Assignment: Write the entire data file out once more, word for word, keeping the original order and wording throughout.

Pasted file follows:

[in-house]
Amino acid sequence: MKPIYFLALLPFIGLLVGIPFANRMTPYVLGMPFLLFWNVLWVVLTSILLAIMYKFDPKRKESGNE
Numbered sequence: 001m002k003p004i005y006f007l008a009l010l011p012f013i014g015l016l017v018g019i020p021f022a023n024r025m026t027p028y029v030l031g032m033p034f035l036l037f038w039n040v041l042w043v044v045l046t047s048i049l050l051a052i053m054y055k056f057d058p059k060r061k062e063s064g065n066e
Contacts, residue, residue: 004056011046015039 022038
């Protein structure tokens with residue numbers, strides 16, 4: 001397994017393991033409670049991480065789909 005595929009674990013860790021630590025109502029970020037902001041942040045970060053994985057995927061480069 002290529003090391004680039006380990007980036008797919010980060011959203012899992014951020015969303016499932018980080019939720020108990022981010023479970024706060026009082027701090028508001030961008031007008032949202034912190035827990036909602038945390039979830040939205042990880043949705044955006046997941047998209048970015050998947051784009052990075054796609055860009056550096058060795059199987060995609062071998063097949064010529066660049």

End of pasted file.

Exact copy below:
[in-house]
Amino acid sequence: MKPIYFLALLPFIGLLVGIPFANRMTPYVLGMPFLLFWNVLWVVLTSILLAIMYKFDPKRKESGNE
Numbered sequence: 001m002k003p004i005y006f007l008a009l010l011p012f013i014g015l016l017v018g019i020p021f022a023n024r025m026t027p028y029v030l031g032m033p034f035l036l037f038w039n040v041l042w043v044v045l046t047s048i049l050l051a052i053m054y055k056f057d058p059k060r061k062e063s064g065n066e
Contacts, residue, residue: 004056011046015039 022038
């Protein structure tokens with residue numbers, strides 16, 4: 001397994017393991033409670049991480065789909 005595929009674990013860790021630590025109502029970020037902001041942040045970060053994985057995927061480069 002290529003090391004680039006380990007980036008797919010980060011959203012899992014951020015969303016499932018980080019939720020108990022981010023479970024706060026009082027701090028508001030961008031007008032949202034912190035827990036909602038945390039979830040939205042990880043949705044955006046997941047998209048970015050998947051784009052990075054796609055860009056550096058060795059199987060995609062071998063097949064010529066660049």